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The First Atomic Age: Scientists, Radiations, and the American Public, 1895-1945 (Palgrave Studies in the History of Science and Technology)

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The First Atomic Age: Scientists, Radiations, and the American Public, 1895-1945 (Palgrave Studies in the History of Science and Technology) Cover

 

Synopses & Reviews

Publisher Comments:

At the close of the nineteenth century, the discovery of strange new forms of energy arrested the American public's attention in ways that no scientific discovery ever had before. The fascination with X-rays and radioactivity that was kindled in those early years evolved to affect the course of industry, public policy, and the cultural authority of scientists and physicians. Americans exposed themselves to radiation in ways that seem shocking now, even as knowledge about radiation, its risks, and its applications percolated through the public discourse. This groundbreaking cultural history demonstrates how the busy exchange of perspectives between researchers, popularizers, entrepreneurs, and the general public gave rise to the first nuclear culture, one whose lasting effects would later be seen in the familiar "atomic age" of the post-war twentieth century.

Synopsis:

At the close of the nineteenth century, the discovery of strange new forms of energy arrested the American public's attention in ways that no scientific discovery ever had before. The fascination with X-rays and radioactivity that was kindled in those early years evolved to affect the course of industry, public policy, and the cultural authority of scientists and physicians. Americans exposed themselves to radiation in ways that seem shocking now, even as knowledge about radiation, its risks, and its applications percolated through the public discourse. This groundbreaking cultural history demonstrates how the busy exchange of perspectives between researchers, popularizers, entrepreneurs, and the general public gave rise to the first nuclear culture, one whose lasting effects would later be seen in the familiar "atomic age" of the post-war twentieth century.

About the Author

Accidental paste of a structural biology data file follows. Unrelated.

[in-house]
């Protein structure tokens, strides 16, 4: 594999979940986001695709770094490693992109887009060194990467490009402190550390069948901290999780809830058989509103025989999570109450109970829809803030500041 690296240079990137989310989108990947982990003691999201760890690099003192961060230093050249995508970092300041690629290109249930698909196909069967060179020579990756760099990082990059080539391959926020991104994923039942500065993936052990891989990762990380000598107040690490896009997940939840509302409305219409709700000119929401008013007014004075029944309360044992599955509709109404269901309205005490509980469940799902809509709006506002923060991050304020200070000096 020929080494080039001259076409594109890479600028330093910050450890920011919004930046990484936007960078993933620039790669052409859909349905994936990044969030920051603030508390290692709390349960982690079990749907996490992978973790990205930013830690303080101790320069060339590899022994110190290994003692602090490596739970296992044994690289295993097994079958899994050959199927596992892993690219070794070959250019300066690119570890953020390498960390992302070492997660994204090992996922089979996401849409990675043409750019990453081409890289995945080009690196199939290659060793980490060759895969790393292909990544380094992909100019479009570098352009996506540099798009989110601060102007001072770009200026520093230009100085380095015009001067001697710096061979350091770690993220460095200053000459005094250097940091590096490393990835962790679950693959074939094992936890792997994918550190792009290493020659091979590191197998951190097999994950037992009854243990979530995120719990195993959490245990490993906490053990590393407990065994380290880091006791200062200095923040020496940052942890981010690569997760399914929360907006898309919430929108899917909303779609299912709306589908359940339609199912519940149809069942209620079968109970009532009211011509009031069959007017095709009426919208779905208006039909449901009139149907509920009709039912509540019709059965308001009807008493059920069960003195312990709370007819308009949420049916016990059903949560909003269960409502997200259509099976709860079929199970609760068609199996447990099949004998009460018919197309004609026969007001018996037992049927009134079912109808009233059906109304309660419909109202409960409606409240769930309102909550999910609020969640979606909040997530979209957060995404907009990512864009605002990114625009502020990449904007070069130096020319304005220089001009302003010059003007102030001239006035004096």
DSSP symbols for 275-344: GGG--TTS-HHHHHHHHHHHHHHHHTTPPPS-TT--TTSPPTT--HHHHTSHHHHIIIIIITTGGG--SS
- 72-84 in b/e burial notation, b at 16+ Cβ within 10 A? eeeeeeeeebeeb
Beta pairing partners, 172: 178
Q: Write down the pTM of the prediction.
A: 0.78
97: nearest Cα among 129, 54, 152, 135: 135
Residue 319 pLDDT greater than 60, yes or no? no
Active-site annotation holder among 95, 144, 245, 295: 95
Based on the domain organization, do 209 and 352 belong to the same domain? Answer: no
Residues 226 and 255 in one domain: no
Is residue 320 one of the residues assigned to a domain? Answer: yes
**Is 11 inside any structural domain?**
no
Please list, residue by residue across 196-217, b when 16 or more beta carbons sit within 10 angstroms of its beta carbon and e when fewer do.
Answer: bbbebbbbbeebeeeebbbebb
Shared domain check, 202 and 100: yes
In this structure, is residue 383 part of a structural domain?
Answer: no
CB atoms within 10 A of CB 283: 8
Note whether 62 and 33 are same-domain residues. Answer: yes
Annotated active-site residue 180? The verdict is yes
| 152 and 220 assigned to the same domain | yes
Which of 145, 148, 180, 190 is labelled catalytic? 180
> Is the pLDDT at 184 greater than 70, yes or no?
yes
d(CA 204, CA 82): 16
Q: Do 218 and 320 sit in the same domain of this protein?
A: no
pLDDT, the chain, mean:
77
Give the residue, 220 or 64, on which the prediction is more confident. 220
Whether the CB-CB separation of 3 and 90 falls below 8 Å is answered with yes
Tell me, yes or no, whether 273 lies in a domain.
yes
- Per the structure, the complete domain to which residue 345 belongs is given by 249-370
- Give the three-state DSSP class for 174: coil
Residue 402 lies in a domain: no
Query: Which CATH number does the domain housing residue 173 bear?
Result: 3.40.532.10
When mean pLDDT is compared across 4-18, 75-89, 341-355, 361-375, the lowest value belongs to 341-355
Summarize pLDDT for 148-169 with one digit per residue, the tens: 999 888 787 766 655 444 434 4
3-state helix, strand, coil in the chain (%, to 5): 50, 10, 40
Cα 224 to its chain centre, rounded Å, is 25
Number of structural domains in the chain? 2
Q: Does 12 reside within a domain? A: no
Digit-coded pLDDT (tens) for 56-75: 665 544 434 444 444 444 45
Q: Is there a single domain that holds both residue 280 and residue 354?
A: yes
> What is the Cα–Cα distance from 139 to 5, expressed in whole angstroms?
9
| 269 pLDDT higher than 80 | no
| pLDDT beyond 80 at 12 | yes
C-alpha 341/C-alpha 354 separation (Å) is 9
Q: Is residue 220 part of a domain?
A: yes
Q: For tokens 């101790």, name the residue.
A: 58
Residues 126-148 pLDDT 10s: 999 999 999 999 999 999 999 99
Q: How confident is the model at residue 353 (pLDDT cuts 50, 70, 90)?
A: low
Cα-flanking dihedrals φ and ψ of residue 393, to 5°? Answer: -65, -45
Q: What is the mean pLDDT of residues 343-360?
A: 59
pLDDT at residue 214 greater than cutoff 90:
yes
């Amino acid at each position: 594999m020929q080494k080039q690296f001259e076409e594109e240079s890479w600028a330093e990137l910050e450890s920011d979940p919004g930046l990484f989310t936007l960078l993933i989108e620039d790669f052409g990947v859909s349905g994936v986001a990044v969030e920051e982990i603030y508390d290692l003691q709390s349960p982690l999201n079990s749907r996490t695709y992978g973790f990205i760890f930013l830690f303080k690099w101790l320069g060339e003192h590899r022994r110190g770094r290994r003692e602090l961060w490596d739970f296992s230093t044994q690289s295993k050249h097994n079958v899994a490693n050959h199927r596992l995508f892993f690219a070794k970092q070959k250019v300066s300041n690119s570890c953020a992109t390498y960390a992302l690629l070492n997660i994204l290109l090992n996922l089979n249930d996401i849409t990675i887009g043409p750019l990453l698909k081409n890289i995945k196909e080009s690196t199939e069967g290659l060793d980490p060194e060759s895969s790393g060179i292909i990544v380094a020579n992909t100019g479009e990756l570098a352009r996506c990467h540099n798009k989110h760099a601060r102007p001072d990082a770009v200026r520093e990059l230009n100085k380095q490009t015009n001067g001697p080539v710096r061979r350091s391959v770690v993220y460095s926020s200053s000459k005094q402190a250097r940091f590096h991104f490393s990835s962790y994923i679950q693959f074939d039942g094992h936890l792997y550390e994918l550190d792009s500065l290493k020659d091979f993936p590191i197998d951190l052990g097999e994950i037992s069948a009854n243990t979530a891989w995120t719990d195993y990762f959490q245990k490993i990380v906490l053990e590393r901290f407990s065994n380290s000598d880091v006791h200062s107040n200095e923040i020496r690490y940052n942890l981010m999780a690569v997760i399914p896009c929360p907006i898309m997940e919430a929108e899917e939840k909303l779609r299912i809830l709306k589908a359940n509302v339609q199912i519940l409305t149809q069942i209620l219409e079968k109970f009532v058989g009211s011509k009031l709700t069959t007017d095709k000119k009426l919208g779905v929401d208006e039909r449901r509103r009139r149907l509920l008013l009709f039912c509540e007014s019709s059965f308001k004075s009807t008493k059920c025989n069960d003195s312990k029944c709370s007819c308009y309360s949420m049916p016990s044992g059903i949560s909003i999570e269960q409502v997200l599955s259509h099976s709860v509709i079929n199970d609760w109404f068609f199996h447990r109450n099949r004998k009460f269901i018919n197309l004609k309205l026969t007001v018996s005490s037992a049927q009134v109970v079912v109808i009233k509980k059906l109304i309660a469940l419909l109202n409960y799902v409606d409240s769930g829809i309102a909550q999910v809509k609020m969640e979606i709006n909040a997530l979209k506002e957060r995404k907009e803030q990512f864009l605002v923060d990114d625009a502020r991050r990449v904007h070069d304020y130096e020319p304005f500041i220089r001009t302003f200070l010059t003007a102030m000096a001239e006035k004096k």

Matthew Lavine is Assistant Professor at Mississippi State University, USA. He studies the history of science and its relationship with the broader public in the United States.

Table of Contents

1. Crazes 

2. Commodification and Democratization 

3. Backlash 

4. Toward the Second Atomic Age

Product Details

ISBN:
9781137307217
Author:
Lavine, Matthew
Publisher:
Palgrave MacMillan
Subject:
United States - 19th Century
Subject:
United States - 20th Century
Subject:
Social history
Subject:
US History-19th Century
Copyright:
Publication Date:
20130631
Binding:
HARDCOVER
Language:
English
Illustrations:
inc: 13 illus
Pages:
260
Dimensions:
8.5 x 5.5 in 1 lb
Age Level:
Scientists, Radiations, and the American Public, 1

Related Subjects

History and Social Science » US History » 19th Century
History and Social Science » US History » 20th Century » General
History and Social Science » World History » General
Science and Mathematics » Energy » Nuclear Engineering
Science and Mathematics » Physics » Nuclear

The First Atomic Age: Scientists, Radiations, and the American Public, 1895-1945 (Palgrave Studies in the History of Science and Technology) New Hardcover
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Product details 260 pages Palgrave MacMillan - English 9781137307217 Reviews:
"Synopsis" by ,
At the close of the nineteenth century, the discovery of strange new forms of energy arrested the American public's attention in ways that no scientific discovery ever had before. The fascination with X-rays and radioactivity that was kindled in those early years evolved to affect the course of industry, public policy, and the cultural authority of scientists and physicians. Americans exposed themselves to radiation in ways that seem shocking now, even as knowledge about radiation, its risks, and its applications percolated through the public discourse. This groundbreaking cultural history demonstrates how the busy exchange of perspectives between researchers, popularizers, entrepreneurs, and the general public gave rise to the first nuclear culture, one whose lasting effects would later be seen in the familiar "atomic age" of the post-war twentieth century.
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